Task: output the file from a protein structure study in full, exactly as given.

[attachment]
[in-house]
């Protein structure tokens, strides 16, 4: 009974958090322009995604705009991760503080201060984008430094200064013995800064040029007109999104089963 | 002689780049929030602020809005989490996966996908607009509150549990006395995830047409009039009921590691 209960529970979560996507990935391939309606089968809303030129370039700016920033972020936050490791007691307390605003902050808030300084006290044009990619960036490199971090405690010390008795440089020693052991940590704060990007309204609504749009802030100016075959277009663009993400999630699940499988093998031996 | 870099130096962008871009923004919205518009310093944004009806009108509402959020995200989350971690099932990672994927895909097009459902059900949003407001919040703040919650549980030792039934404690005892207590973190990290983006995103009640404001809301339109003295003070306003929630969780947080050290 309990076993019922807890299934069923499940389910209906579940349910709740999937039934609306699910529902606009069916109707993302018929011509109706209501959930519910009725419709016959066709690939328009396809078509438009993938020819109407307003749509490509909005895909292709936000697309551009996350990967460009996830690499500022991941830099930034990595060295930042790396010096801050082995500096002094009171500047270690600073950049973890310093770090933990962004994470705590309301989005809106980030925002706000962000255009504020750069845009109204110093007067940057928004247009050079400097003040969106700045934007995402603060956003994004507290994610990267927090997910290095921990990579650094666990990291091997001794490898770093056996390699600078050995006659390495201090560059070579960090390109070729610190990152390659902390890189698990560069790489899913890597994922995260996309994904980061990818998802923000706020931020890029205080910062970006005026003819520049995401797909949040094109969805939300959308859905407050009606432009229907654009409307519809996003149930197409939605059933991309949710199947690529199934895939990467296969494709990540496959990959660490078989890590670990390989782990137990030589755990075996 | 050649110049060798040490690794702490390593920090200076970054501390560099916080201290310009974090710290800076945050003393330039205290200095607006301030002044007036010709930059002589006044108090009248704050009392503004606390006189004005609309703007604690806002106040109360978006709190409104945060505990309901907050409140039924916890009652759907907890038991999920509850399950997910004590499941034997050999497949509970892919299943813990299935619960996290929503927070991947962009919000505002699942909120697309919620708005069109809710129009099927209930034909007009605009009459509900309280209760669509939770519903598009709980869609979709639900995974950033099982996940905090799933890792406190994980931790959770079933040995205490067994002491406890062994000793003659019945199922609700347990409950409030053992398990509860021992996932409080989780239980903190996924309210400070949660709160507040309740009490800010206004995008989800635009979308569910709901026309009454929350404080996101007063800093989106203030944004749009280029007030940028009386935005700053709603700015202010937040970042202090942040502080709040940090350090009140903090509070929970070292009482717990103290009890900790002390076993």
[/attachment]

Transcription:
[in-house]
């Protein structure tokens, strides 16, 4: 009974958090322009995604705009991760503080201060984008430094200064013995800064040029007109999104089963 | 002689780049929030602020809005989490996966996908607009509150549990006395995830047409009039009921590691 209960529970979560996507990935391939309606089968809303030129370039700016920033972020936050490791007691307390605003902050808030300084006290044009990619960036490199971090405690010390008795440089020693052991940590704060990007309204609504749009802030100016075959277009663009993400999630699940499988093998031996 | 870099130096962008871009923004919205518009310093944004009806009108509402959020995200989350971690099932990672994927895909097009459902059900949003407001919040703040919650549980030792039934404690005892207590973190990290983006995103009640404001809301339109003295003070306003929630969780947080050290 309990076993019922807890299934069923499940389910209906579940349910709740999937039934609306699910529902606009069916109707993302018929011509109706209501959930519910009725419709016959066709690939328009396809078509438009993938020819109407307003749509490509909005895909292709936000697309551009996350990967460009996830690499500022991941830099930034990595060295930042790396010096801050082995500096002094009171500047270690600073950049973890310093770090933990962004994470705590309301989005809106980030925002706000962000255009504020750069845009109204110093007067940057928004247009050079400097003040969106700045934007995402603060956003994004507290994610990267927090997910290095921990990579650094666990990291091997001794490898770093056996390699600078050995006659390495201090560059070579960090390109070729610190990152390659902390890189698990560069790489899913890597994922995260996309994904980061990818998802923000706020931020890029205080910062970006005026003819520049995401797909949040094109969805939300959308859905407050009606432009229907654009409307519809996003149930197409939605059933991309949710199947690529199934895939990467296969494709990540496959990959660490078989890590670990390989782990137990030589755990075996 | 050649110049060798040490690794702490390593920090200076970054501390560099916080201290310009974090710290800076945050003393330039205290200095607006301030002044007036010709930059002589006044108090009248704050009392503004606390006189004005609309703007604690806002106040109360978006709190409104945060505990309901907050409140039924916890009652759907907890038991999920509850399950997910004590499941034997050999497949509970892919299943813990299935619960996290929503927070991947962009919000505002699942909120697309919620708005069109809710129009099927209930034909007009605009009459509900309280209760669509939770519903598009709980869609979709639900995974950033099982996940905090799933890792406190994980931790959770079933040995205490067994002491406890062994000793003659019945199922609700347990409950409030053992398990509860021992996932409080989780239980903190996924309210400070949660709160507040309740009490800010206004995008989800635009979308569910709901026309009454929350404080996101007063800093989106203030944004749009280029007030940028009386935005700053709603700015202010937040970042202090942040502080709040940090350090009140903090509070929970070292009482717990103290009890900790002390076993």